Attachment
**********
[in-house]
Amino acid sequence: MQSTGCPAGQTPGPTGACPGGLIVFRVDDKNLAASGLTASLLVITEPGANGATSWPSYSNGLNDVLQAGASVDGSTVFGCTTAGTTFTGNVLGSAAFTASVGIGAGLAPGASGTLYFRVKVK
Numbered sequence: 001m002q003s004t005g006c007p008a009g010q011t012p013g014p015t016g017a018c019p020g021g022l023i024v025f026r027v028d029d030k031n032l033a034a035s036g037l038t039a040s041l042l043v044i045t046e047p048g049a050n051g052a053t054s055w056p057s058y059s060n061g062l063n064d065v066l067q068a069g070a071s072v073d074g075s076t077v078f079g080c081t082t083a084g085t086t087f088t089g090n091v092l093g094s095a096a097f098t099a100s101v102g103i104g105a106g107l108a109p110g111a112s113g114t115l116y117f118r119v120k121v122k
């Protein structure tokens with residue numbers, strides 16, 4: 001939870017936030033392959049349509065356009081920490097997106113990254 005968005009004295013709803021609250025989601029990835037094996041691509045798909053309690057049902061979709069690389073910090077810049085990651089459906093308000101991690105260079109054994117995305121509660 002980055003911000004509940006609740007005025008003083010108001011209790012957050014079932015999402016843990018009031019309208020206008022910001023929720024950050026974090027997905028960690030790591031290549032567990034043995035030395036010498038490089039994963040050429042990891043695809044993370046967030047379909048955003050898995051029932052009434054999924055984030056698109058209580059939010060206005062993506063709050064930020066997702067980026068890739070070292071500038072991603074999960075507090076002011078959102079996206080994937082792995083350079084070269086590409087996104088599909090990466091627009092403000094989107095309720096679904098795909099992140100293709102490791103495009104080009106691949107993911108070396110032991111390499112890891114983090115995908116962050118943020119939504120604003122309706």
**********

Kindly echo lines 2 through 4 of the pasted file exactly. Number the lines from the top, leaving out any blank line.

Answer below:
Amino acid sequence: MQSTGCPAGQTPGPTGACPGGLIVFRVDDKNLAASGLTASLLVITEPGANGATSWPSYSNGLNDVLQAGASVDGSTVFGCTTAGTTFTGNVLGSAAFTASVGIGAGLAPGASGTLYFRVKVK
Numbered sequence: 001m002q003s004t005g006c007p008a009g010q011t012p013g014p015t016g017a018c019p020g021g022l023i024v025f026r027v028d029d030k031n032l033a034a035s036g037l038t039a040s041l042l043v044i045t046e047p048g049a050n051g052a053t054s055w056p057s058y059s060n061g062l063n064d065v066l067q068a069g070a071s072v073d074g075s076t077v078f079g080c081t082t083a084g085t086t087f088t089g090n091v092l093g094s095a096a097f098t099a100s101v102g103i104g105a106g107l108a109p110g111a112s113g114t115l116y117f118r119v120k121v122k
């Protein structure tokens with residue numbers, strides 16, 4: 001939870017936030033392959049349509065356009081920490097997106113990254 005968005009004295013709803021609250025989601029990835037094996041691509045798909053309690057049902061979709069690389073910090077810049085990651089459906093308000101991690105260079109054994117995305121509660 002980055003911000004509940006609740007005025008003083010108001011209790012957050014079932015999402016843990018009031019309208020206008022910001023929720024950050026974090027997905028960690030790591031290549032567990034043995035030395036010498038490089039994963040050429042990891043695809044993370046967030047379909048955003050898995051029932052009434054999924055984030056698109058209580059939010060206005062993506063709050064930020066997702067980026068890739070070292071500038072991603074999960075507090076002011078959102079996206080994937082792995083350079084070269086590409087996104088599909090990466091627009092403000094989107095309720096679904098795909099992140100293709102490791103495009104080009106691949107993911108070396110032991111390499112890891114983090115995908116962050118943020119939504120604003122309706």